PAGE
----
A 74% increase in the number of CIOs on Fortune 100 boards between 2015 and 2017 demonstrates the increasing recognition of the strategic value of CIOs to companies. However, this number still represents only 31% of the total which have CIO representation at board director level.
Similarly, research by CIO UK found that only 29% of CIOs are full members on their organisation's board, although some 83% are part of their organisation's executive leadership and 51% meet with their CEO at least weekly.
This is in spite of the fact that technology and digital strategy are now vital to the success of almost every business. "All companies are technology companies today," Sheila Jordan, CIO at Symantec and director at FactSet, told the Harvard Business Review. "Technology is a lever to run the business, but also to change and grow."
This means it is essential for boardrooms now to include some form of technological expertise. Nearly half of the Fortune 500 companies in 2000 no longer exist, and one crucial reason is a lack of innovation.
Between 2011 and 2017, the proportion of companies that have technology-focused board members increased from 10% to 17%. However, it's important to note that the proportion is almost double - at 32% - for high-performing companies, suggesting a link between understanding the importance for technology in the boardroom and business success.
What CIOs can bring to the boardroom
CIOs can bring a wealth of knowledge to the boardroom. This includes insight into how to leverage technology to streamline operations and create a competitive advantage for the company, spotting opportunities in new technology and increasing the safety and security of procedures surrounding information handling.
The CIO can act as an important intermediary between board members and more specialised technology roles within the company. In doing so, they can help board members understand the importance of technology for achieving business goals.
Data analytics is another element that's now vital for boardrooms to understand and use to inform decisions, and another area where CIOs can provide understanding and clarity.
Giving input and feedback on technology budgets is also a vital role of a CIO board member. A 2017 Deloitte global CIO survey found that 37% of respondents said their technology budgets increased by up to 20% since the previous financial year. Managing expenditure is an important topic in the boardroom, but without a technology expert in the room, there could be a lack of understanding surrounding IT spending.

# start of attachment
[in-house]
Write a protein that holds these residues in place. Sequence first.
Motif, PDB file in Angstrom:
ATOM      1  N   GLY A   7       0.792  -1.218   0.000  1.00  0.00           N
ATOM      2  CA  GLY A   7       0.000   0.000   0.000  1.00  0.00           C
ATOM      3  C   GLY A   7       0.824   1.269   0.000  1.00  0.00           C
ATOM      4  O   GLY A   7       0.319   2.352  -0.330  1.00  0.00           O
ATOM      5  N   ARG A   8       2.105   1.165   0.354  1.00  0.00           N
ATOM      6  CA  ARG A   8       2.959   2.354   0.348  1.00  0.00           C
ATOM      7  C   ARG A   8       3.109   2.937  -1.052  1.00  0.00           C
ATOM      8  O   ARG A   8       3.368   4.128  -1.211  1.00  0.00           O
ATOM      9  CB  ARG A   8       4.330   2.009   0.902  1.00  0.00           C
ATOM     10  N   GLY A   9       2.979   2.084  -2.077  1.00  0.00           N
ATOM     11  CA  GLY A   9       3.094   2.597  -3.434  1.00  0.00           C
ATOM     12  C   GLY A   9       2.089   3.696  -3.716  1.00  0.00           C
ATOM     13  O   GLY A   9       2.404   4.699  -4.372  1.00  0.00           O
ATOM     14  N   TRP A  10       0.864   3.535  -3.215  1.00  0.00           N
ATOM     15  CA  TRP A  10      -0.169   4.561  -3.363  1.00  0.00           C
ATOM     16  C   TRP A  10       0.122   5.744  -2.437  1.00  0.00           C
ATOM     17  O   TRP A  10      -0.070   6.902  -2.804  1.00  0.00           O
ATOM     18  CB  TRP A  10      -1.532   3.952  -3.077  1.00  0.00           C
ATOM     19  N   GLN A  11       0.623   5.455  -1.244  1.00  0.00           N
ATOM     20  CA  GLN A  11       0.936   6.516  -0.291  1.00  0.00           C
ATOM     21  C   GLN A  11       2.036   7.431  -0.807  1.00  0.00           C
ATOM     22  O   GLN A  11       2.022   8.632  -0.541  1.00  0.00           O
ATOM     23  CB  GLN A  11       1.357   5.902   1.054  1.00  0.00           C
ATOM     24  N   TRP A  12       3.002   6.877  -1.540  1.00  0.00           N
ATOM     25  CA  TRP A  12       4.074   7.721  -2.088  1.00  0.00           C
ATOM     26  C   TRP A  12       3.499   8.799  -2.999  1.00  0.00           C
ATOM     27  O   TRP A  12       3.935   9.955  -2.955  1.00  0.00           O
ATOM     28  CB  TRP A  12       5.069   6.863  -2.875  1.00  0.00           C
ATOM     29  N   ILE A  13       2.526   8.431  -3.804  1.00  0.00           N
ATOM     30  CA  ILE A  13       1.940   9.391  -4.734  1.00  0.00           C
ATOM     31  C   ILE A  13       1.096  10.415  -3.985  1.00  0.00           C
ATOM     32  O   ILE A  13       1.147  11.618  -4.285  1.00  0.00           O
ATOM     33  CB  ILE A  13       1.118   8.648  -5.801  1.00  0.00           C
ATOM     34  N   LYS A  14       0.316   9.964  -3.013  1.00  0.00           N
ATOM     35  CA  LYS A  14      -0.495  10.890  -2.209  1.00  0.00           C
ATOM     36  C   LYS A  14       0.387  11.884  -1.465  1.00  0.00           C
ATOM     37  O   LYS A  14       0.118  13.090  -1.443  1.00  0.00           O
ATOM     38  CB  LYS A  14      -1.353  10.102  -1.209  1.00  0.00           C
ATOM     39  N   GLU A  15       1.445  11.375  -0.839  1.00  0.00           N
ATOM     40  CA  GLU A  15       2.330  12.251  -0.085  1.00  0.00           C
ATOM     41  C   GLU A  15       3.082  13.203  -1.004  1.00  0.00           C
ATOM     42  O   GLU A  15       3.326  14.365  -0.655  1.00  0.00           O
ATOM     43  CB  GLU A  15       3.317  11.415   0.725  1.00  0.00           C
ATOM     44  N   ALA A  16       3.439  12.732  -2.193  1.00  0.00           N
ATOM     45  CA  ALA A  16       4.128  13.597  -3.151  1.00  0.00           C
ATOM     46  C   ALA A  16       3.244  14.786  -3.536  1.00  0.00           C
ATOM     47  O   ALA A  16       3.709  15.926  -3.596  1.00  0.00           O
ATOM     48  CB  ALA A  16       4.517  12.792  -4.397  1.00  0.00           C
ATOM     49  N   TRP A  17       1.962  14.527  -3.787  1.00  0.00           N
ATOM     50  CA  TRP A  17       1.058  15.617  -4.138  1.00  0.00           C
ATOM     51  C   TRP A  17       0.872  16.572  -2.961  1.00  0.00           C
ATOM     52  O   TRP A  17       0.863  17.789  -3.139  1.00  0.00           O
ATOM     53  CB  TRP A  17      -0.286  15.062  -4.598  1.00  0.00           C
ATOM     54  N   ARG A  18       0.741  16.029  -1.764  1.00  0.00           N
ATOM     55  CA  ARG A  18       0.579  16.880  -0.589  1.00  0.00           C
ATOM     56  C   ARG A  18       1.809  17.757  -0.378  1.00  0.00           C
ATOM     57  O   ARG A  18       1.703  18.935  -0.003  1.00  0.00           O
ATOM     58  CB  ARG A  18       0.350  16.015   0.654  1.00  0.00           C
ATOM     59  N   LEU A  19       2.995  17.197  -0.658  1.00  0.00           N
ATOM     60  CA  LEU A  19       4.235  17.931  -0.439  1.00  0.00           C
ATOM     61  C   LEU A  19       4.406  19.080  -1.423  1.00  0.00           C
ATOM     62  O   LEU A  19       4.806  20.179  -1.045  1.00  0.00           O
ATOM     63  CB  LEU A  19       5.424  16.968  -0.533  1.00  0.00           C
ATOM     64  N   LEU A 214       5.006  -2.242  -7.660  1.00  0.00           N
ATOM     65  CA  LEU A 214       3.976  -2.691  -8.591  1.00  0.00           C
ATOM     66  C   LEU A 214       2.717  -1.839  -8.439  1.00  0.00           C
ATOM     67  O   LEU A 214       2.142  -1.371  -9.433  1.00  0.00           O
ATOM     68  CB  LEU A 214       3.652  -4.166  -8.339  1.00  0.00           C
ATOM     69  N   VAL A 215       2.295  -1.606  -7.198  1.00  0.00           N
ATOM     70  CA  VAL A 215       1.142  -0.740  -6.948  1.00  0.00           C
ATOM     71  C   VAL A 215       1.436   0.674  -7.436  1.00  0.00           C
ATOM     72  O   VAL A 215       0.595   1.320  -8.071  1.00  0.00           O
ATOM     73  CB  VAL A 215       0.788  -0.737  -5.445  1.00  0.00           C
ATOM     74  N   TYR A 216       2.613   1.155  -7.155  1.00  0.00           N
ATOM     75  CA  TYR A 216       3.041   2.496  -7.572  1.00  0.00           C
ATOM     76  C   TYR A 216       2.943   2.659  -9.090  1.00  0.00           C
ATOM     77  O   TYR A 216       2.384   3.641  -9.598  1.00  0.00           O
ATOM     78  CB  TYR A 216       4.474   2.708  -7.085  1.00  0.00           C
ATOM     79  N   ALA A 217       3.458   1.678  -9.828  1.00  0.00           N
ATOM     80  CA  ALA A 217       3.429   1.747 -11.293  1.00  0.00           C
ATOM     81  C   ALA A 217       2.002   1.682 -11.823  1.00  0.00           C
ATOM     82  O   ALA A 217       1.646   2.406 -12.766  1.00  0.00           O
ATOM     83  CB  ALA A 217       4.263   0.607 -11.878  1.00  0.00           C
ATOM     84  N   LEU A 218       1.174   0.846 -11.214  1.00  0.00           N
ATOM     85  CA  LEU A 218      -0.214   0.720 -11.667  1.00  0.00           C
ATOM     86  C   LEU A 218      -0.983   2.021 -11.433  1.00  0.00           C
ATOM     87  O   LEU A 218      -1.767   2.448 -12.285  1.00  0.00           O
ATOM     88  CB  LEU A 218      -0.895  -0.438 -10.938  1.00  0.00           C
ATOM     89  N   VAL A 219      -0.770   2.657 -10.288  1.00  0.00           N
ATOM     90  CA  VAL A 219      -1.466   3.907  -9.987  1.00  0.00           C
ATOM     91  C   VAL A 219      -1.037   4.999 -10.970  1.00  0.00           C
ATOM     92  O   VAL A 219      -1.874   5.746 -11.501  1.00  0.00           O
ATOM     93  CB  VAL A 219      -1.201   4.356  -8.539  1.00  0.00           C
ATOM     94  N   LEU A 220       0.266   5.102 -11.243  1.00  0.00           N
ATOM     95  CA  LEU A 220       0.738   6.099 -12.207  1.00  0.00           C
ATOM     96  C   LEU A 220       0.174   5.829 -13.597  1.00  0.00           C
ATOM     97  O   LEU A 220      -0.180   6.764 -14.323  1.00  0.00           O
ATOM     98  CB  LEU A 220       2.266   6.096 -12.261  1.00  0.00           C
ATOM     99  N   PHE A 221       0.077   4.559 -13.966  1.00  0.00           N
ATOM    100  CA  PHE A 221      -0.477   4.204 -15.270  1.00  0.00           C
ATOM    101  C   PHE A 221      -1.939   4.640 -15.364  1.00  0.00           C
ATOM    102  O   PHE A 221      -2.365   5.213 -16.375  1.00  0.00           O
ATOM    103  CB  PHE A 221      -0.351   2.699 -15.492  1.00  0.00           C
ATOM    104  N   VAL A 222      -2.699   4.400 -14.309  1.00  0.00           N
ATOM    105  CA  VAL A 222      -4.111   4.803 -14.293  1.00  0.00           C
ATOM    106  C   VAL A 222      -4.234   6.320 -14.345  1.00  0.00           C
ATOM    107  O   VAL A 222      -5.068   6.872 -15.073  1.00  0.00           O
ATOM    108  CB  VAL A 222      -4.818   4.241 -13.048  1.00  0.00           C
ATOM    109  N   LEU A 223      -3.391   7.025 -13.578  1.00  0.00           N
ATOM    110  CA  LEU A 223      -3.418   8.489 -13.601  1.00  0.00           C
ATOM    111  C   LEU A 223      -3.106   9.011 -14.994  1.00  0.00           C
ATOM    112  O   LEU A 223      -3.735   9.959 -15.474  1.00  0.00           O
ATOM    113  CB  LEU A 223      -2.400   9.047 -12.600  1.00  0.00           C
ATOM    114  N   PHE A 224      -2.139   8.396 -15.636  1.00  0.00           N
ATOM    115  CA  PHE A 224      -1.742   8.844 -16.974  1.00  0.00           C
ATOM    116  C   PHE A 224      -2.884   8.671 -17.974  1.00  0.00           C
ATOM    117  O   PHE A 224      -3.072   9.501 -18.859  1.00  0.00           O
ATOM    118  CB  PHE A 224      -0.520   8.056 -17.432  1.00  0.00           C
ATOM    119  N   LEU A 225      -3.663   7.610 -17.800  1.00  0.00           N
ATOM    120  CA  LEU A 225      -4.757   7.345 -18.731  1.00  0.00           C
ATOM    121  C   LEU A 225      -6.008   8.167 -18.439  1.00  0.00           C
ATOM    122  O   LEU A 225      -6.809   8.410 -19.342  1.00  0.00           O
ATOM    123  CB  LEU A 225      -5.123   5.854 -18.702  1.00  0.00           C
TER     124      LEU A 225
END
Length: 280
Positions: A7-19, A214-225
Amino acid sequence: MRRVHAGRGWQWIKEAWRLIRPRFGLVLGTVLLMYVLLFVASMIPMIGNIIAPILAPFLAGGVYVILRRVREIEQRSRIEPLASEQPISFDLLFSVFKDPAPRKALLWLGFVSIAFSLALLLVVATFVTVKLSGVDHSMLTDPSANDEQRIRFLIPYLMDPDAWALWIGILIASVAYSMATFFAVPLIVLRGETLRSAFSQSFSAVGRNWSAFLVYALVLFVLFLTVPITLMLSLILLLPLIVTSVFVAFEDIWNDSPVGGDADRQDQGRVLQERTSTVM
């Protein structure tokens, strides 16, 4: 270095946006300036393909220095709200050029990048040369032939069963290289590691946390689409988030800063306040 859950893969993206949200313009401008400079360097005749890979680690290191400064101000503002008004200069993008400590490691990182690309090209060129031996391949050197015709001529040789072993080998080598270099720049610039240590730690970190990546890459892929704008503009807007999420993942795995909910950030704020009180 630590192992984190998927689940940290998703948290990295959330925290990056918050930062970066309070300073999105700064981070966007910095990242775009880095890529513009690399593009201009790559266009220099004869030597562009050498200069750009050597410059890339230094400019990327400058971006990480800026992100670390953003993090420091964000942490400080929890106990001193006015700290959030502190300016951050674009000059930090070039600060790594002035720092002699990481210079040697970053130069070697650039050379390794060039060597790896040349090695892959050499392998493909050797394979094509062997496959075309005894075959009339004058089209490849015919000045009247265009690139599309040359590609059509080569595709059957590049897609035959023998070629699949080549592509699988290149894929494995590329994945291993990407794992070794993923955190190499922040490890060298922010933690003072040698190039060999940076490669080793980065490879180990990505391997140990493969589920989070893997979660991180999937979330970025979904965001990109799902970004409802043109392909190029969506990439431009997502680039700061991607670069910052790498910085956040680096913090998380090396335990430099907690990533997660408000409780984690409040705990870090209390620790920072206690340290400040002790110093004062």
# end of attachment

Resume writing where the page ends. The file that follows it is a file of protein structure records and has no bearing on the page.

In fact, 34% of corporate directors say that the board is not sufficiently engaged in understanding the annual IT budget.
"Boards need to gain an appreciation for what the possibilities are, including how technology can help established successful companies with needed transformation," Tim Theriault, former CIO of Walgreens Boots Alliance and current board member of Alliance Data, told the Harvard Business Review. "To do that, they should surround themselves with people who can be helpful. Some CEOs are still in denial, and time is against them — the longer it takes, the more dramatic the needed transformation and the higher the risk."
How can CIOs land a spot in the boardroom?
CIOs face some hurdles when attempting to transition into the boardroom. One is the perceptions of other C-Suite members. According to a 2017 survey conducted by Forrester: "Only 36% of business users think IT is aligned with the needs of the business, delivers projects on time, reduces frequency of issues and offers updates to improve productivity."
CIOs are also fighting against stereotyping that portrays them as 'IT geeks'. Fighting against this stereotype is one way that ambitious CIOs can make a case for their inclusion in the boardroom.
"Boards can initially be hesitant about less-traditional directors," Theriault told HBR. "They want to make sure any new directors will be a good fit with the rest of the board and that they will be able to participate and contribute value to board discussions beyond their functional area.